Churchill famously spoke of his poodle Rufus by calling him “a riddle, wrapped in a mystery, inside an enigma.” Well, it was actually Russia he was referring to but he could have been speaking about Rufus the poodle. For all the personality quirks we learn about our dogs by living and spending time with them, mysteries will always remain. Here are six things your dog wishes you knew:
- Dogs have preferences. Appreciate your dog’s individuality when you are in a pet store or shopping online for them. If you fancy a firmer bed and your partner has overruled you for a plusher variety, you’ll know exactly what I’m talking about. Take into consideration how your dog has acted and what they’ve enjoyed in the past. If they tend to nest before they fall asleep, get them a larger bed and some blankets or pillows. If they like to curl up in a ball, they might prefer a smaller bed with sides.
2. Personalities may be permanent, but moods are temporary. Even if your dog is friendly and fun-loving, they are still susceptible to mood swings. If you are trying to take your dog out to play fetch in the backyard and they aren’t in a playful mood, read the room and let them relax or nap instead.
An eager, excited dog, on the other hand, should be taken out to release some of their pent-up energy. Sometimes your dog may want a belly rub, other times they won’t. Even if they are belly-up, pay attention to how relaxed their muscles are for a clue on whether they are interested.
3. Don’t be tone deaf! Dogs use different vocalizations to communicate so it’s important to notice the nuances. For example, a high-pitched bark that is drawn out may signify that they are worried or anxious, but quick high-pitched barks strung together may indicate excitement. Pay close attention to low barks, growls, and squeaky yips, as they may suggest territory issues or pain.
Also, remember that your dog understands your tone much better than they do your words. Though they may recognize specific words that they have been trained to understand, for the rest of your verbal communication, they are mostly reacting to your tone of voice.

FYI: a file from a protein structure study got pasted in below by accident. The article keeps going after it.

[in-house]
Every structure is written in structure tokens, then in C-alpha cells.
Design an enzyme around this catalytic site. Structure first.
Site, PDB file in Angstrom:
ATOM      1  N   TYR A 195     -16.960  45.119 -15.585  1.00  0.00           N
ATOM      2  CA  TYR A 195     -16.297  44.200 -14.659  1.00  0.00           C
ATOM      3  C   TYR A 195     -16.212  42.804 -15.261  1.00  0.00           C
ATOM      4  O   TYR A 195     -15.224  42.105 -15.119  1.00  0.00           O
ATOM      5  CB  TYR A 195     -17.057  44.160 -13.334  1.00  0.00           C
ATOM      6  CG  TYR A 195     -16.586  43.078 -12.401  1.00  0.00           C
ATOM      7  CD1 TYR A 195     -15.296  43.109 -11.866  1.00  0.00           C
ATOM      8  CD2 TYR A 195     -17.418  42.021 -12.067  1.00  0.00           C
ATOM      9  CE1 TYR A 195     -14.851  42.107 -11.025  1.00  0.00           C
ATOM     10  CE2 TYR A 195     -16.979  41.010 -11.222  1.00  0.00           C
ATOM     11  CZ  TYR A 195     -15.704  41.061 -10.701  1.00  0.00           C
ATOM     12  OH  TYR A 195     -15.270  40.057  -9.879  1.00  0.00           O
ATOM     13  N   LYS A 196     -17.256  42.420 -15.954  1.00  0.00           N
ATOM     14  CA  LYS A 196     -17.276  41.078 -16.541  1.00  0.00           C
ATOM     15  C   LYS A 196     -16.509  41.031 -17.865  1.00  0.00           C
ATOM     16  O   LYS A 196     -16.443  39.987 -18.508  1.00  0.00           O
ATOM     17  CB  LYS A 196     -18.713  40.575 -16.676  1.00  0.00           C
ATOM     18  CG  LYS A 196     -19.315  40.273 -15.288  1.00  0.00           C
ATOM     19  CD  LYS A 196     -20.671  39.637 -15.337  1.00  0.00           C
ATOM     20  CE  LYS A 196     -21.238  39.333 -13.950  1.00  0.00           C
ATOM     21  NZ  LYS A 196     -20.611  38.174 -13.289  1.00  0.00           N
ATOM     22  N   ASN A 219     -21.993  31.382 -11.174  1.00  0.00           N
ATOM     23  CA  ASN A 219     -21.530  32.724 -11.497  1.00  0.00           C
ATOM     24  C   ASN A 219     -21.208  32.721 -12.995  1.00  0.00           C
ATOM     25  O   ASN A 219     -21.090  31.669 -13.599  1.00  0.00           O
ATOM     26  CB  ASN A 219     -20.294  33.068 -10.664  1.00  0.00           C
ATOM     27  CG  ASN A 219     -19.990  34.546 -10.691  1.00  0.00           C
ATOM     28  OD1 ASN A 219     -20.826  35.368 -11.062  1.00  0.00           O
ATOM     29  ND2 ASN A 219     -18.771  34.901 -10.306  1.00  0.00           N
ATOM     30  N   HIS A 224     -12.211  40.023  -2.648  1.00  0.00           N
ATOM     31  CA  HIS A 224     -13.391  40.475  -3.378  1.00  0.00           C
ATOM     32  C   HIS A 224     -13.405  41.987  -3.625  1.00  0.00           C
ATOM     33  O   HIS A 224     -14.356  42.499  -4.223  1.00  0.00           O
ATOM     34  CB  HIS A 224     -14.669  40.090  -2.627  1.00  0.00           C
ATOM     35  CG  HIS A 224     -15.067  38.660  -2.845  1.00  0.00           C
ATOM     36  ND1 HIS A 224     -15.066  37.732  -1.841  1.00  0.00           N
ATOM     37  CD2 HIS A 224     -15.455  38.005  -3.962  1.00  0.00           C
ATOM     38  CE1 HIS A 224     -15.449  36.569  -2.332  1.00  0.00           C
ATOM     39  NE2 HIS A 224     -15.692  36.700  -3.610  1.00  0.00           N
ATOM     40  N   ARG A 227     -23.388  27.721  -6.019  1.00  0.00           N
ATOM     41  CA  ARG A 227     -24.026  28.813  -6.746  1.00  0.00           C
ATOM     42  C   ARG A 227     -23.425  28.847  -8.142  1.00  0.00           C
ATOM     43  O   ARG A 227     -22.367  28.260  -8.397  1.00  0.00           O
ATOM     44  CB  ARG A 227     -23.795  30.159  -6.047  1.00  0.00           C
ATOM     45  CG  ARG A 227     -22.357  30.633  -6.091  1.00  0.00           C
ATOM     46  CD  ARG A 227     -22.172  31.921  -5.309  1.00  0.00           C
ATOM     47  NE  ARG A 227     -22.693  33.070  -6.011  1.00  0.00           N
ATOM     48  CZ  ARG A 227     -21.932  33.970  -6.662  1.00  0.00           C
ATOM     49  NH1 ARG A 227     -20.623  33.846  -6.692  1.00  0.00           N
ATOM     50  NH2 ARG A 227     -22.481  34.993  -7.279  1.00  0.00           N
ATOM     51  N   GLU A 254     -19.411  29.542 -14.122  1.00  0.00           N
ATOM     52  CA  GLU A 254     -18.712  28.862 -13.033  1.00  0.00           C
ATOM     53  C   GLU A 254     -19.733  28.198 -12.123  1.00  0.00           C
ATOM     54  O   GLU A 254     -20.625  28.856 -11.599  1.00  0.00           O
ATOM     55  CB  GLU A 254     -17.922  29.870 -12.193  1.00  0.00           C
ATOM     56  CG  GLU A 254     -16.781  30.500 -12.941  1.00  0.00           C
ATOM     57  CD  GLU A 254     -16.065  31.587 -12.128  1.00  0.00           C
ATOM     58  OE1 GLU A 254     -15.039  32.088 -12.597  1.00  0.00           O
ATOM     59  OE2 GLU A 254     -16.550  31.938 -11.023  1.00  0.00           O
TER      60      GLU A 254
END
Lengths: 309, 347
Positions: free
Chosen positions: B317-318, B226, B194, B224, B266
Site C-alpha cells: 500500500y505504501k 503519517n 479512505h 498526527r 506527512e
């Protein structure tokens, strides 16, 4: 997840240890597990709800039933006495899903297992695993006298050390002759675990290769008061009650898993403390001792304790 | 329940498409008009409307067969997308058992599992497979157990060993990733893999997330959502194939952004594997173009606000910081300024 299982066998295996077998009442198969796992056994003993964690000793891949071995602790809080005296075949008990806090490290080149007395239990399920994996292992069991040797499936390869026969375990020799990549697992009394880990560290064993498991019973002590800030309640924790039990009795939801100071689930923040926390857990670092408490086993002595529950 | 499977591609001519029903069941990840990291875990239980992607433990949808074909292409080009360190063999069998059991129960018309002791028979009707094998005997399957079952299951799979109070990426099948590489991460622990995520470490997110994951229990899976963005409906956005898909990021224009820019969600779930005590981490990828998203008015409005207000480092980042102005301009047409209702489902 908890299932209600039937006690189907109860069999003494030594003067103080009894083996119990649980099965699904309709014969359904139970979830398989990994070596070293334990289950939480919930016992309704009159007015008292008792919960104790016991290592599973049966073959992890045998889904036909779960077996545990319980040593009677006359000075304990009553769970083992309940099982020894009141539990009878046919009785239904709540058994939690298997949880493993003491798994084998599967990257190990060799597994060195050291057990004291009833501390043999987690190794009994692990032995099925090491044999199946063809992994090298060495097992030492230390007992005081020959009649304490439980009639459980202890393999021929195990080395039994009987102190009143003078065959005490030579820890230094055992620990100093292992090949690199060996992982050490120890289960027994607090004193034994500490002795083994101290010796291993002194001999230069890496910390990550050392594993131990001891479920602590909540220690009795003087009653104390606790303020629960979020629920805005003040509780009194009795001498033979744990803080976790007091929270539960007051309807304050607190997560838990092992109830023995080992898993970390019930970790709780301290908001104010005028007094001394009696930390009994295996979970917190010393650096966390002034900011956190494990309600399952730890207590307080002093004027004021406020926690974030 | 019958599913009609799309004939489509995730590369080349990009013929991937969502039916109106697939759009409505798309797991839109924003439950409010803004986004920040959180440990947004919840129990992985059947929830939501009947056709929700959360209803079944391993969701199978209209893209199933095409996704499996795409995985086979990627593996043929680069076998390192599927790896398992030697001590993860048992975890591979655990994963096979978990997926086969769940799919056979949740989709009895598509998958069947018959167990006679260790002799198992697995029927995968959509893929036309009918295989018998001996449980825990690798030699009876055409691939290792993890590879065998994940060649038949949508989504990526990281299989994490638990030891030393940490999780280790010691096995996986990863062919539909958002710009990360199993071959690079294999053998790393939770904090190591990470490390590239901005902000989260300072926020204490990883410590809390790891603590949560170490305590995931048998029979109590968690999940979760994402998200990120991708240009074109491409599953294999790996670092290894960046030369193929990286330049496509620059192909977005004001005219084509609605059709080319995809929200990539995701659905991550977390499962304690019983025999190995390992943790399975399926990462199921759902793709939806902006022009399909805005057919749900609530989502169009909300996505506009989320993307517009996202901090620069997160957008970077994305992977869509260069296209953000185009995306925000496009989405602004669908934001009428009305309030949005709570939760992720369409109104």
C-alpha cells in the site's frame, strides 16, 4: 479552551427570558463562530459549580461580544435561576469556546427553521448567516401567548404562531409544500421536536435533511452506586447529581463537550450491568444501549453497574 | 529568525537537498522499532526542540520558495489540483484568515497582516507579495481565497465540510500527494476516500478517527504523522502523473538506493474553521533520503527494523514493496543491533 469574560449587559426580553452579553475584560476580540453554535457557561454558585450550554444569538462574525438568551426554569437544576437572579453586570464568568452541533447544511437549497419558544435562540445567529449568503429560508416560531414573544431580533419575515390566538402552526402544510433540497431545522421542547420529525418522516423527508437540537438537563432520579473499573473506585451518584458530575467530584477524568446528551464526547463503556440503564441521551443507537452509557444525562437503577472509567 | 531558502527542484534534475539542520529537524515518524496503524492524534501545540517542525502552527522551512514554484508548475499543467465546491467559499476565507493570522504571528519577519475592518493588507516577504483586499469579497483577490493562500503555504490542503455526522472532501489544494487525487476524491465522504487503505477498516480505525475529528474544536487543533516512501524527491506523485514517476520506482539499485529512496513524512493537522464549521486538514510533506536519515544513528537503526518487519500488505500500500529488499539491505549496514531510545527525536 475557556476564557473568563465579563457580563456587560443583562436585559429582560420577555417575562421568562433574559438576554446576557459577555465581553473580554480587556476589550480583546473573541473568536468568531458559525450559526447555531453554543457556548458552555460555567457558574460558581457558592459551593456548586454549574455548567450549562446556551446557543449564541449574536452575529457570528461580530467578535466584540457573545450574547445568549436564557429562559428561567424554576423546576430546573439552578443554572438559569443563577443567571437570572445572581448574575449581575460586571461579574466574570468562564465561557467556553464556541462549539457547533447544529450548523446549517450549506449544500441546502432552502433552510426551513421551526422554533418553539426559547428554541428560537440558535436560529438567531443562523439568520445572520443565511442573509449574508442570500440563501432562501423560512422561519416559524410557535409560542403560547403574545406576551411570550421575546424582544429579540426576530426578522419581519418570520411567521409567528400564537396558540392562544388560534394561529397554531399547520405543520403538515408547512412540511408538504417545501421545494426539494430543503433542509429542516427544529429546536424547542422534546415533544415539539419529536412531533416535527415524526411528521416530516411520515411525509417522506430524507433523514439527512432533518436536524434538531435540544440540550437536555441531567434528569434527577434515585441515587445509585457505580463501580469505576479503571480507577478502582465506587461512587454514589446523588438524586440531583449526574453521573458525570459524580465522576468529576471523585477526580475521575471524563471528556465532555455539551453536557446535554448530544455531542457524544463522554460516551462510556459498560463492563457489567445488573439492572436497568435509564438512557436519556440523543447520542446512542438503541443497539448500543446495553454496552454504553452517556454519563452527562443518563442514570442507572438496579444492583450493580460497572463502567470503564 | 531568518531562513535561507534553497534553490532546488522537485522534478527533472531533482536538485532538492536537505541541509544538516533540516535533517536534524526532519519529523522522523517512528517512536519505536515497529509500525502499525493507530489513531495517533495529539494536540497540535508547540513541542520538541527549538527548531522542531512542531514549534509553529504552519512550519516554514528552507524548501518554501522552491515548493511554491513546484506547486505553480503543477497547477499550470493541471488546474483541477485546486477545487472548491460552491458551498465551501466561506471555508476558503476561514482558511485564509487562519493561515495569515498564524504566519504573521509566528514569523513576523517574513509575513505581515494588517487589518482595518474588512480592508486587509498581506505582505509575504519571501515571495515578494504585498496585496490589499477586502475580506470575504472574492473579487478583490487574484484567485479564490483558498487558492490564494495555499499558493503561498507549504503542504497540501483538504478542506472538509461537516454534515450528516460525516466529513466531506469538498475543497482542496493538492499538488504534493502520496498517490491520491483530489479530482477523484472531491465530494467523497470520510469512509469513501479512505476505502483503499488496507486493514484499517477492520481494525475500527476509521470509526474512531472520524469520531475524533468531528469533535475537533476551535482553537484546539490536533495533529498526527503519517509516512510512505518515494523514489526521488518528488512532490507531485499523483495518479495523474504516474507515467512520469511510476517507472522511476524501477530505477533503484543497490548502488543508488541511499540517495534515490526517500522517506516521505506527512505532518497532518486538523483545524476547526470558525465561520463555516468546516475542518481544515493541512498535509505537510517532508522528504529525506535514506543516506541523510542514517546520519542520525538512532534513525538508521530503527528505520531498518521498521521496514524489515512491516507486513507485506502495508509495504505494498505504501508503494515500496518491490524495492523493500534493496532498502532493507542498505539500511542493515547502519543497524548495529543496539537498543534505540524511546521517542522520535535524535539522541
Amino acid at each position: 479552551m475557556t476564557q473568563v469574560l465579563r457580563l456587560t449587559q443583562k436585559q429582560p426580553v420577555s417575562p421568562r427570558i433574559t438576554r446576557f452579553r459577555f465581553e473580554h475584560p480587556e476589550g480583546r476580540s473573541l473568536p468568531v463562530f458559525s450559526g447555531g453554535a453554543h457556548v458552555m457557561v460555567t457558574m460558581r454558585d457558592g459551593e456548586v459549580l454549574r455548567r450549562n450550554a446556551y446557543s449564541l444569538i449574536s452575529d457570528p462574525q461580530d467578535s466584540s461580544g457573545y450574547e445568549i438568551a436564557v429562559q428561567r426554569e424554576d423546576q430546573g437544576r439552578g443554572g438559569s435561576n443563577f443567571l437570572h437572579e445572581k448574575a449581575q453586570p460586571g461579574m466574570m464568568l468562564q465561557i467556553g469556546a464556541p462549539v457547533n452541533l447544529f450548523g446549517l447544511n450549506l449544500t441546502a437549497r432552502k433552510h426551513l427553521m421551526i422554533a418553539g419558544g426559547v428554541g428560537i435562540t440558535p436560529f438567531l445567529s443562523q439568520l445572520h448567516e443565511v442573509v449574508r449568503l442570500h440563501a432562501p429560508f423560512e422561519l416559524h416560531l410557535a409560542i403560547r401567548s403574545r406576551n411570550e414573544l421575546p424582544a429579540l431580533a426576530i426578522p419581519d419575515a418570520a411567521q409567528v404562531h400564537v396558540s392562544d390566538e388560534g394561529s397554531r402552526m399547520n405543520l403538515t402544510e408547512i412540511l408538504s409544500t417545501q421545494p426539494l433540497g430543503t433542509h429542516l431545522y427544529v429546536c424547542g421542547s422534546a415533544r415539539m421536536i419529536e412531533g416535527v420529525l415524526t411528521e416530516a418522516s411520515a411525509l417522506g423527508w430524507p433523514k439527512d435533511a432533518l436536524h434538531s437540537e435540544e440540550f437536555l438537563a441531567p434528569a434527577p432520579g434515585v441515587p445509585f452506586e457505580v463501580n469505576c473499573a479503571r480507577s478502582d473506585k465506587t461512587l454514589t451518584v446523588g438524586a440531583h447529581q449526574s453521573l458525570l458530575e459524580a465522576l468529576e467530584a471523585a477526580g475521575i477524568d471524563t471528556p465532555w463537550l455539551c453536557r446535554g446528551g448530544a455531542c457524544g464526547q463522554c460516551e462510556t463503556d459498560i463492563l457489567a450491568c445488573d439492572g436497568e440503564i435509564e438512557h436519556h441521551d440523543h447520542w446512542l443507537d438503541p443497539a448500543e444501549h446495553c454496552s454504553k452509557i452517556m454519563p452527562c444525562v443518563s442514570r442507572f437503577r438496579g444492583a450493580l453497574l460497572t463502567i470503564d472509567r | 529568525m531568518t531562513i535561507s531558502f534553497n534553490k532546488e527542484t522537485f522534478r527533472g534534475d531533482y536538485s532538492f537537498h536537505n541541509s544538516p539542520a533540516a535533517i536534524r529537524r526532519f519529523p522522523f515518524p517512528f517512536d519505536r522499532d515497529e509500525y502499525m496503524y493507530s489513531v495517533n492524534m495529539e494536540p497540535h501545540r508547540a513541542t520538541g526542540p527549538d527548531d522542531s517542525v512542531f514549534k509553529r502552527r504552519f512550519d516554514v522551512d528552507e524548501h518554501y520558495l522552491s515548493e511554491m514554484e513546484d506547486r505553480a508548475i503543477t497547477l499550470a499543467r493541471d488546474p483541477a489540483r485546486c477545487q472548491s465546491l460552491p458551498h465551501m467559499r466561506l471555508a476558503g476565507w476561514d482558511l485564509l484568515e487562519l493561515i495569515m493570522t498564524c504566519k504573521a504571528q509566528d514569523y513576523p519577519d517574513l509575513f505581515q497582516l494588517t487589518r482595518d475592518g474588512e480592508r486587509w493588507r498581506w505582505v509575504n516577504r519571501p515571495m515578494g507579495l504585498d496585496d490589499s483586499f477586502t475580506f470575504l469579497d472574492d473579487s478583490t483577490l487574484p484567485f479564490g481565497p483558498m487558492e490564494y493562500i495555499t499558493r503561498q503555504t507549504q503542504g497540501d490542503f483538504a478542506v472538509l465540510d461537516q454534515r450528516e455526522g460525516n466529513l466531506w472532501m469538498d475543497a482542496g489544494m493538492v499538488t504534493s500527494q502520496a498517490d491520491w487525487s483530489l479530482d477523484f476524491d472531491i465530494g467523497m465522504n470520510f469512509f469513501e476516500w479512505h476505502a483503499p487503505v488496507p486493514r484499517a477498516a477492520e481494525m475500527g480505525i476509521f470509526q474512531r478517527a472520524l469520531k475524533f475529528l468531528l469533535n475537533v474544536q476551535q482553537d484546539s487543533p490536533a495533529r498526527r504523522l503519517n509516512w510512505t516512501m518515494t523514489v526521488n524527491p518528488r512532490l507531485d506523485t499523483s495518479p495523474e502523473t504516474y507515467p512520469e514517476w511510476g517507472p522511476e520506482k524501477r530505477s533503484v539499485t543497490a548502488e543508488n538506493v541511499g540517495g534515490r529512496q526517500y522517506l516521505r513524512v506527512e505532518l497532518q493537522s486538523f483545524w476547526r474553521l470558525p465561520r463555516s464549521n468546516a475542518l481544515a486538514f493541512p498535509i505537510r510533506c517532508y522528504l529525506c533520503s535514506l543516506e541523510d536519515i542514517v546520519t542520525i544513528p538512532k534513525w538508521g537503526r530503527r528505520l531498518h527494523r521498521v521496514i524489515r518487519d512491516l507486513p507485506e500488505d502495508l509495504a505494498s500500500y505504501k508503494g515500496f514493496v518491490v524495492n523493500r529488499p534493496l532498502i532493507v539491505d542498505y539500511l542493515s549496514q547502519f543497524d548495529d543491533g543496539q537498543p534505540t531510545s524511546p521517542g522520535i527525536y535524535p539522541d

4. Be actively engaged. On a jam-packed day, you may be inclined to let your dog out in the backyard for a few minutes in lieu of a walk. However, it’s important to realize that your dog not only wants to go outside, they want to go outside with you. If they are by themselves, they may spend their time loafing around instead of walking or, even worse for your yard or garden, they may spend their time digging.
5. They want to be challenged. Whether it’s a new hiking trail, a new puzzle toy, or some new obedience training, your dog wants to be challenged both physically and mentally. When introducing new training to your dog, be patient while taking small steps toward the ultimate goal.
When you take them to a new place, let them sniff and explore. Even if you are on your regular walk around the neighborhood, you can spice it up by introducing or reinforcing training or by bursting out into short jogs for your dog to run alongside you.
6. Contradictorily, they also value consistency. Rules are not made to be broken for a dog, as they will no longer understand what the rules are. This will only lead to confusion and further obedience training in the long run. If you don’t let your dog in bed with you, don’t allow it one especially cold night or your dog may come to expect this preferential treatment.
Like Churchill, you can spend years getting to know your dog’s idiosyncrasies and still wallow in mystery! Learn more about dog behavior in “5 Ways that We Annoy Our Dogs”.